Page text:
The Foundation gathered an enormous amount of data to provide a thorough picture of what it’s like to have a rare disease and the economic challenges the community faces.

Intricacies and results

To amass the information for direct and indirect costs, the Foundation and its partners utilised data sets and feedback from the rare disease community.

Researchers reviewed data sets on direct costs within Medicare, Medicaid, and commercial data, using 2019 Medicare Standard Analytical File, 2016 Transformed Medicaid Statistical Information System, and 2018 Optum de-identified Normative Health Information System.

“It was a very comprehensive look at direct cost data. To do that, you have to be able to look at the data codes, such as the International Classification of Disease (ICD) codes,” Kennedy states.

“It’s estimated there are anywhere from 7,000 to 10,000 rare diseases, but there are only ICD codes for about 500 rare diseases.”

Researchers could obtain data on 379 rare diseases based on their ability to look at data.

“If there is no ICD code for one’s rare disease,” Kennedy states, “the patient is pretty much invisible in the system and, therefore, their costs are unavailable.”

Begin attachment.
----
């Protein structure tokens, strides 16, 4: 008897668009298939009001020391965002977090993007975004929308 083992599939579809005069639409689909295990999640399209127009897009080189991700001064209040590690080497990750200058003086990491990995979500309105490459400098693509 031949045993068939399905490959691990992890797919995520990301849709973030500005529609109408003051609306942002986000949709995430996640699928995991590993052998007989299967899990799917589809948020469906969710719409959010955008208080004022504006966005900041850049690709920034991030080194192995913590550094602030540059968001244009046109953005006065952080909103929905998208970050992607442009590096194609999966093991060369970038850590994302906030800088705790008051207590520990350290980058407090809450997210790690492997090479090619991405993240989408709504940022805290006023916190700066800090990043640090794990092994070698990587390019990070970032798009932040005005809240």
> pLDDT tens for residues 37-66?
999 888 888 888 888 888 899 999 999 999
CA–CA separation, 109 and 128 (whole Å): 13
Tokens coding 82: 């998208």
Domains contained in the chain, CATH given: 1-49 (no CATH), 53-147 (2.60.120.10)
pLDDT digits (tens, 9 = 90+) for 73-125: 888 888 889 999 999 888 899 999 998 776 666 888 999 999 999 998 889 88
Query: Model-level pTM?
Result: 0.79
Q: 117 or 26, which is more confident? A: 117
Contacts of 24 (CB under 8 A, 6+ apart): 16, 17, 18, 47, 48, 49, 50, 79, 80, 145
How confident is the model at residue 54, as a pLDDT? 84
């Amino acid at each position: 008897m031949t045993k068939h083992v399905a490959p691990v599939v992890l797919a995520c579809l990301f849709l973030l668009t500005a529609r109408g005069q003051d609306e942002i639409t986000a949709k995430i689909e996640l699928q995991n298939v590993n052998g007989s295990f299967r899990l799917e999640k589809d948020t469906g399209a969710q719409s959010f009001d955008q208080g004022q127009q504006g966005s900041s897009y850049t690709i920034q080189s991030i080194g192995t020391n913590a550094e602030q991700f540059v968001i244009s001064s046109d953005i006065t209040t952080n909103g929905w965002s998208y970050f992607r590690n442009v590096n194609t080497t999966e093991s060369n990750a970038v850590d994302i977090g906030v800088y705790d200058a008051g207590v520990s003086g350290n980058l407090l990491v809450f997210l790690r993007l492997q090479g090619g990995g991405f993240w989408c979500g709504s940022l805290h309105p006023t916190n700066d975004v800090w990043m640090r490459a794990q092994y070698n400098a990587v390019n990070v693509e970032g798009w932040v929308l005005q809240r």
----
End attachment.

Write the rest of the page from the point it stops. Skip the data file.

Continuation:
Regarding non-medical and indirect costs, the Foundation worked directly with the rare disease community.

It developed a survey and disseminated it to more than 200 patient advocacy organisation partners, who then shared it with their communities.

Participants were asked to complete the survey based on their financial experiences in 2019.

“We had over 1,400 people who completed that survey from start to finish, and we had clean enough data that we could use it. It was a robust survey response and representative of the 379 communities that we could correlate to direct care costs,” Kennedy says.

The Foundation estimates that 15.5 million Americans are represented in the study.

The total economic burden of 379 rare diseases in 2019 was estimated to be $966 billion (£809 billion), including direct medical costs of $418 billion (£350 billion) and indirect or non-medical costs at an additional $548 billion (£459 billion).

In other words, more than 60% of the total costs were in the non-medical and indirect cost category, meaning only 40% of those costs are associated with direct care costs.

Working to change policy

Kennedy states stakeholders within the community now have a solid study to refer to when advocating for policy changes because of its detailed findings and because outside organisations have validated the results.